I was asked recently by someone who knows my roots if I had any knowledge of the Birmingham Surrealist group. I don't, well I didn't, probably because Surrealist art has consistently left me unmoved, particularly the Belgian variety. I was intrigued however and a little research titillated and also brought forth a gem. As is often the case with me it was the trivial that drew me in. Groups of artists, their circles, wherever they are, have their own special watering holes, places to congregate and chew the fat, the Birmingham Surrealists gathered at the Kardomah Cafe in New Street and the Trocadero pub in Temple Street, and in the sixties Birmingham's artists and art students still thronged to these venues. My groaning and reeling recollections of the decorative tiling of the facilities at the Trocadero do not bear recall.
The Birmingham surrealist painters saw themselves as a group quite distinct from their London counterparts indeed there was some acrimony between them, the Birmingham painters forged their own links to like minded artists in Paris rather than London. I would have to say that looking at their work did little to dispel my indifference, I found it dull, derivative even pastiche. But then I found the gem, Emmy Bridgewater. She was Birmingham born and attended the Birmingham Art College. She was drawn into the Birmingham group but was less confined than her contempories and forged her own links with the London group, she made a great friend of the artist Edith Rimmington and many personal contacts in Paris. She exhibited widely and had her first one man show in 1942. In 1947 she was invited by Andre Breton to exhibit at the Galerie Maeght in Paris, the last major international Surrealist exhition.
She explored 'automatist' techniques, almost blind drawing, the theory being that the subconscious would control the drawing hand, a drawing would emerge to be elaborated upon and 'pulled together' at a later stage. The thrilling drawing above, held at the Birmingham Museum, is one such drawing, tortured and sensuous, similar in many ways to the work of the French Surrealist Andre Masson.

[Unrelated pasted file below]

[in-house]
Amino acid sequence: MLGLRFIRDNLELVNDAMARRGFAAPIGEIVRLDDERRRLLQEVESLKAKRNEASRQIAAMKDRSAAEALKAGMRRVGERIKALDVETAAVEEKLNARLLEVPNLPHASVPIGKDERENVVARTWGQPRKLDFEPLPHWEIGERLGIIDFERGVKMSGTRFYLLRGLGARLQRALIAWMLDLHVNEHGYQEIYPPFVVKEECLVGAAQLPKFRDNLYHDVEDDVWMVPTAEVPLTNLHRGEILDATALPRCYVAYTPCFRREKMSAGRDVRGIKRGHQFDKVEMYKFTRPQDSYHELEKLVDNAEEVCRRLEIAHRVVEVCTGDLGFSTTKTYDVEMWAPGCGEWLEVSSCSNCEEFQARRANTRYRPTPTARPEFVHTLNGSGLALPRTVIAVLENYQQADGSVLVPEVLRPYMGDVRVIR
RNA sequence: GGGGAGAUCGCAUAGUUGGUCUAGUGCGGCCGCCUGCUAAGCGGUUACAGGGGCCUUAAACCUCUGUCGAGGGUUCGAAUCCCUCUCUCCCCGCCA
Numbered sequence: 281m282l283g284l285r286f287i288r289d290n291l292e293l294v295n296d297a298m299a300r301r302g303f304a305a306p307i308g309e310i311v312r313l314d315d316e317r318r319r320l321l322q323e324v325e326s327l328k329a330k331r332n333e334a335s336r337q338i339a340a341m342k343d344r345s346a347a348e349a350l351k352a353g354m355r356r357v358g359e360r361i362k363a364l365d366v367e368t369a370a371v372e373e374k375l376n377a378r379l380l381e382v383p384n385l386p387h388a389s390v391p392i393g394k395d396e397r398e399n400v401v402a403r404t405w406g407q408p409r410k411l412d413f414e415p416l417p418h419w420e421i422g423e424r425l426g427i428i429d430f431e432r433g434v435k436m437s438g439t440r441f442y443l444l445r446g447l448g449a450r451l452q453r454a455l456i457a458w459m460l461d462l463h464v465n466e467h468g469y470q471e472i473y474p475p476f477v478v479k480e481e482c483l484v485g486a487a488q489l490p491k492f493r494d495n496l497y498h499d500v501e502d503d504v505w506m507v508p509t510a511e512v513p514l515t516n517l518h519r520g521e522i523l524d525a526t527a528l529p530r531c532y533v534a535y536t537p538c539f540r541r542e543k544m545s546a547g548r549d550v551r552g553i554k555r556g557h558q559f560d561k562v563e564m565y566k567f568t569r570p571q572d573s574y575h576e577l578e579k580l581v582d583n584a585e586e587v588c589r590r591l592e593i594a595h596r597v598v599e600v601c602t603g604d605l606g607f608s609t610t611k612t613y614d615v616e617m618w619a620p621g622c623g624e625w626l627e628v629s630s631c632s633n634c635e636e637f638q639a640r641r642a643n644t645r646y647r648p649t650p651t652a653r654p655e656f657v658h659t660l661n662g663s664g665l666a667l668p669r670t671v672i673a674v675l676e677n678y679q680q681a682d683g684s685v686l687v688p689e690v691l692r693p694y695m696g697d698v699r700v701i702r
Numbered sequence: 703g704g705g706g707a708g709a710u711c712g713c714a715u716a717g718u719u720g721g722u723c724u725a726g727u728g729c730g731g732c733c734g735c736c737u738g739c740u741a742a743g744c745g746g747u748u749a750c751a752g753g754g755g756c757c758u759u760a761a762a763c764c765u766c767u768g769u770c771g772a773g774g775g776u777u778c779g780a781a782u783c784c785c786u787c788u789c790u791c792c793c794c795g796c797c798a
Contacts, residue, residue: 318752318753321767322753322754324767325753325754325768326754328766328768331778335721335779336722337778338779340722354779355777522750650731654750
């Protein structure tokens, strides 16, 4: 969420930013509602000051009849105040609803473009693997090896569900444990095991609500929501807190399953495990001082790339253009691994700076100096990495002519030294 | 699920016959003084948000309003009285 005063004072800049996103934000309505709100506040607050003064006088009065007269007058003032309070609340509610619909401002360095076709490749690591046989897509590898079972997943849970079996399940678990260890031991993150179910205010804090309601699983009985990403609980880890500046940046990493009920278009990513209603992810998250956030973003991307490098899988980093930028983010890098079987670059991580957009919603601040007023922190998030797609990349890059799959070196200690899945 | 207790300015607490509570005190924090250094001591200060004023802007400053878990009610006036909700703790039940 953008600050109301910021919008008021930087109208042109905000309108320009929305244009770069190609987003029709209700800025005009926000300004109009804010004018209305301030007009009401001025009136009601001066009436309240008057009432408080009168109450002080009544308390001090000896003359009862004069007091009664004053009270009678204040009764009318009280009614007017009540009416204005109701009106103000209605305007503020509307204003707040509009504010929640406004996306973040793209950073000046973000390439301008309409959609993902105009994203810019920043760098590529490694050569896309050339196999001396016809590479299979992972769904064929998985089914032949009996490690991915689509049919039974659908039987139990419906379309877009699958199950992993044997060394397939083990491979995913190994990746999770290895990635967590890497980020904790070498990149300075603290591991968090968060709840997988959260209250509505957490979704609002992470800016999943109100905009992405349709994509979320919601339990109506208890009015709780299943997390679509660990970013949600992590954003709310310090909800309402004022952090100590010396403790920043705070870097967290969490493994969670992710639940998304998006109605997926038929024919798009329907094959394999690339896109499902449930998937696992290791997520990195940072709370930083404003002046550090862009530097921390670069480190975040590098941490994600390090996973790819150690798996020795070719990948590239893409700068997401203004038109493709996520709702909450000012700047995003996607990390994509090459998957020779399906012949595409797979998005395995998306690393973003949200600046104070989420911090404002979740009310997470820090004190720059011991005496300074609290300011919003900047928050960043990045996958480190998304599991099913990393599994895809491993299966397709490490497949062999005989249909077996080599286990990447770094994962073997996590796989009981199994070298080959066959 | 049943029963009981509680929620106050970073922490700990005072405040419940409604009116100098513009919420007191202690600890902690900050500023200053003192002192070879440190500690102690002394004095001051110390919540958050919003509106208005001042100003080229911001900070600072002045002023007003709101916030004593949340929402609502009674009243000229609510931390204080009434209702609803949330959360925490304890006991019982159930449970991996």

Many were the student nights I would fall through the doors of the Trocadero onto the Birmingham cobbles leaving my compatriots to get on with the serious drinking and debating. One of this group was Kerry Trengrove. He had joined the sculpture department from Falmouth Art School and seemed crafted by his Cornishness. He was charismatic, gregarious, ebullient and a serious quaffer, and I must admit to finding him quite intimidating.
Kerry's high spot came in 1977 when he created the work, 'Passage'. He was imprisoned in a concrete cell under the Acme Gallery and over 10 days with a jackhammer and hand tools he tunnelled his way to freedom under the galleries foundations. His progress and well being were monitored on camera, the event attracted a lot of coverage and was in more ways than one a ground breaking event. There are many 'time based' works but I know of no other 'escape' piece, it was bold and outrageous, a work that defined a man.
AGED AND AWKWARD